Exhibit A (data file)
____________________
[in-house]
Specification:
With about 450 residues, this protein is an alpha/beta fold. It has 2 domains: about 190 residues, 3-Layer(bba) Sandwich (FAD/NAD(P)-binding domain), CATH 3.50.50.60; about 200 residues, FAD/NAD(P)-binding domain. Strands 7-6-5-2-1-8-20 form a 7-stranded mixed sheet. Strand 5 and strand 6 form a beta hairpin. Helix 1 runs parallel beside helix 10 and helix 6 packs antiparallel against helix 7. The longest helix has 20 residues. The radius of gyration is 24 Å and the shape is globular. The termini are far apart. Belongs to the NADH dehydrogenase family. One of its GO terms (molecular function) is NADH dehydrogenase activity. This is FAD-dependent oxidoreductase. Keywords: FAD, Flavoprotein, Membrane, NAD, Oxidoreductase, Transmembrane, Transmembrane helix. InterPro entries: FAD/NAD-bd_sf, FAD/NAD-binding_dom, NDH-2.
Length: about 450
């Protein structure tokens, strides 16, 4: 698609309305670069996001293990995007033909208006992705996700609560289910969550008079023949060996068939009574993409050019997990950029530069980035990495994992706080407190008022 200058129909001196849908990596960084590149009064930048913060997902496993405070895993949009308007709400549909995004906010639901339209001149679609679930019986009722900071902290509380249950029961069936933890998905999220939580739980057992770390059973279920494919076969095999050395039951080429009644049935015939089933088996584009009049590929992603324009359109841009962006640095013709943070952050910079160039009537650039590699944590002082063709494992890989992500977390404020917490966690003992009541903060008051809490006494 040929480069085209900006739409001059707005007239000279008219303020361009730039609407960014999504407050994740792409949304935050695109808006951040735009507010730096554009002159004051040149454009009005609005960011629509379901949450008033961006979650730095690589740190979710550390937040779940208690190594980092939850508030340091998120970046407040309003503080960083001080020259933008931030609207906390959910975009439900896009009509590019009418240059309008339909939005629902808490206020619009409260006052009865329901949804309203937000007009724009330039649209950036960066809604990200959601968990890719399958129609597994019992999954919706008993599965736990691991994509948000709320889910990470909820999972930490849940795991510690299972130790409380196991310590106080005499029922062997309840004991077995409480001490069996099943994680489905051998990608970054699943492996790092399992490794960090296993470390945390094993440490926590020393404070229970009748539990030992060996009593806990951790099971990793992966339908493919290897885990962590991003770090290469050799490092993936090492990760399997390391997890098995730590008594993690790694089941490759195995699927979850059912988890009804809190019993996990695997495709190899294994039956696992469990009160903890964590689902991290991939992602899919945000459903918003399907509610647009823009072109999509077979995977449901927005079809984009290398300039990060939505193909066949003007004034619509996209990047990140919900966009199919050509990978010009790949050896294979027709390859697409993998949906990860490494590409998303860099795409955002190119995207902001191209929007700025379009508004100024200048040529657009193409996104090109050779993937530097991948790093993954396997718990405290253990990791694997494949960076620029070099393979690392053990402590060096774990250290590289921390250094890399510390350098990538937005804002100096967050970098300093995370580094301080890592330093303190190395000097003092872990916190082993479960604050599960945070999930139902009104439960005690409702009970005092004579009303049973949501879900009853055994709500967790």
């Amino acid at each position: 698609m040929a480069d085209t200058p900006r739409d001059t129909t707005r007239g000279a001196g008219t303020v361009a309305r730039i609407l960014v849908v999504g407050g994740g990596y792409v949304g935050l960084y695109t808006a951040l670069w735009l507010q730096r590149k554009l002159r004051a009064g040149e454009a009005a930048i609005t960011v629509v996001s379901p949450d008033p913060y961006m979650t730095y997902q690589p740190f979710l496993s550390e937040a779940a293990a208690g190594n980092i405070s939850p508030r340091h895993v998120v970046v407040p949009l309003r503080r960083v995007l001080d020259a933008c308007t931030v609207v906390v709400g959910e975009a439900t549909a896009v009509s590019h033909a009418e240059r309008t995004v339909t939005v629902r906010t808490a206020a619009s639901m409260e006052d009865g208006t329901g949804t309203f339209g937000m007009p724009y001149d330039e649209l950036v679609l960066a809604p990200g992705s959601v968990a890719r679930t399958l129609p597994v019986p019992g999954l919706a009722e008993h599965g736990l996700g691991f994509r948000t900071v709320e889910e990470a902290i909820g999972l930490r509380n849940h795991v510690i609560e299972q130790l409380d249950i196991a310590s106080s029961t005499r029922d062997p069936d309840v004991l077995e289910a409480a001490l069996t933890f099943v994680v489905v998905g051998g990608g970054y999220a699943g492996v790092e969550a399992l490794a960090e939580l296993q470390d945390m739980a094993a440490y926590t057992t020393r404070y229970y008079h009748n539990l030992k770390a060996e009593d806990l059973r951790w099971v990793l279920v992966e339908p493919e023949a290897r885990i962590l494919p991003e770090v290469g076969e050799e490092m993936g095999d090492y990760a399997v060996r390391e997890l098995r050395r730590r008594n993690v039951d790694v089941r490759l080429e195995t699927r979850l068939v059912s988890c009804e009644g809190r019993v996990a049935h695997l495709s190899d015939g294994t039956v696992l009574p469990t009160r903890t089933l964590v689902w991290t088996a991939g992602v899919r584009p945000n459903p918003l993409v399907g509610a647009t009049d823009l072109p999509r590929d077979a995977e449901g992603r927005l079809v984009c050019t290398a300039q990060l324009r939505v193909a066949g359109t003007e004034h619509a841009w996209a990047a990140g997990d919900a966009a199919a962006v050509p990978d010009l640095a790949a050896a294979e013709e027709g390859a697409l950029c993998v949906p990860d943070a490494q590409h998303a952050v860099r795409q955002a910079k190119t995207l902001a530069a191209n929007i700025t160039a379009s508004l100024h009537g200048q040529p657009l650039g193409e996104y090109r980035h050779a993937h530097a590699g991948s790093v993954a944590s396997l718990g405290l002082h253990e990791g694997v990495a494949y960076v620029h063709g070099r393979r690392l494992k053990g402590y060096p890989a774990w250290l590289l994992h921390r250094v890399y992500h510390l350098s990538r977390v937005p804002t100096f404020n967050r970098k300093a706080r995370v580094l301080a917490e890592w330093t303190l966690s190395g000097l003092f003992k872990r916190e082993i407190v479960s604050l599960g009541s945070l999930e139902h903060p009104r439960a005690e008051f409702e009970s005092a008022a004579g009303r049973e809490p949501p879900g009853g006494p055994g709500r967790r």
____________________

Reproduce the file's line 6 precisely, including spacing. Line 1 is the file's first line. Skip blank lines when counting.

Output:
């Amino acid at each position: 698609m040929a480069d085209t200058p900006r739409d001059t129909t707005r007239g000279a001196g008219t303020v361009a309305r730039i609407l960014v849908v999504g407050g994740g990596y792409v949304g935050l960084y695109t808006a951040l670069w735009l507010q730096r590149k554009l002159r004051a009064g040149e454009a009005a930048i609005t960011v629509v996001s379901p949450d008033p913060y961006m979650t730095y997902q690589p740190f979710l496993s550390e937040a779940a293990a208690g190594n980092i405070s939850p508030r340091h895993v998120v970046v407040p949009l309003r503080r960083v995007l001080d020259a933008c308007t931030v609207v906390v709400g959910e975009a439900t549909a896009v009509s590019h033909a009418e240059r309008t995004v339909t939005v629902r906010t808490a206020a619009s639901m409260e006052d009865g208006t329901g949804t309203f339209g937000m007009p724009y001149d330039e649209l950036v679609l960066a809604p990200g992705s959601v968990a890719r679930t399958l129609p597994v019986p019992g999954l919706a009722e008993h599965g736990l996700g691991f994509r948000t900071v709320e889910e990470a902290i909820g999972l930490r509380n849940h795991v510690i609560e299972q130790l409380d249950i196991a310590s106080s029961t005499r029922d062997p069936d309840v004991l077995e289910a409480a001490l069996t933890f099943v994680v489905v998905g051998g990608g970054y999220a699943g492996v790092e969550a399992l490794a960090e939580l296993q470390d945390m739980a094993a440490y926590t057992t020393r404070y229970y008079h009748n539990l030992k770390a060996e009593d806990l059973r951790w099971v990793l279920v992966e339908p493919e023949a290897r885990i962590l494919p991003e770090v290469g076969e050799e490092m993936g095999d090492y990760a399997v060996r390391e997890l098995r050395r730590r008594n993690v039951d790694v089941r490759l080429e195995t699927r979850l068939v059912s988890c009804e009644g809190r019993v996990a049935h695997l495709s190899d015939g294994t039956v696992l009574p469990t009160r903890t089933l964590v689902w991290t088996a991939g992602v899919r584009p945000n459903p918003l993409v399907g509610a647009t009049d823009l072109p999509r590929d077979a995977e449901g992603r927005l079809v984009c050019t290398a300039q990060l324009r939505v193909a066949g359109t003007e004034h619509a841009w996209a990047a990140g997990d919900a966009a199919a962006v050509p990978d010009l640095a790949a050896a294979e013709e027709g390859a697409l950029c993998v949906p990860d943070a490494q590409h998303a952050v860099r795409q955002a910079k190119t995207l902001a530069a191209n929007i700025t160039a379009s508004l100024h009537g200048q040529p657009l650039g193409e996104y090109r980035h050779a993937h530097a590699g991948s790093v993954a944590s396997l718990g405290l002082h253990e990791g694997v990495a494949y960076v620029h063709g070099r393979r690392l494992k053990g402590y060096p890989a774990w250290l590289l994992h921390r250094v890399y992500h510390l350098s990538r977390v937005p804002t100096f404020n967050r970098k300093a706080r995370v580094l301080a917490e890592w330093t303190l966690s190395g000097l003092f003992k872990r916190e082993i407190v479960s604050l599960g009541s945070l999930e139902h903060p009104r439960a005690e008051f409702e009970s005092a008022a004579g009303r049973e809490p949501p879900g009853g006494p055994g709500r967790r």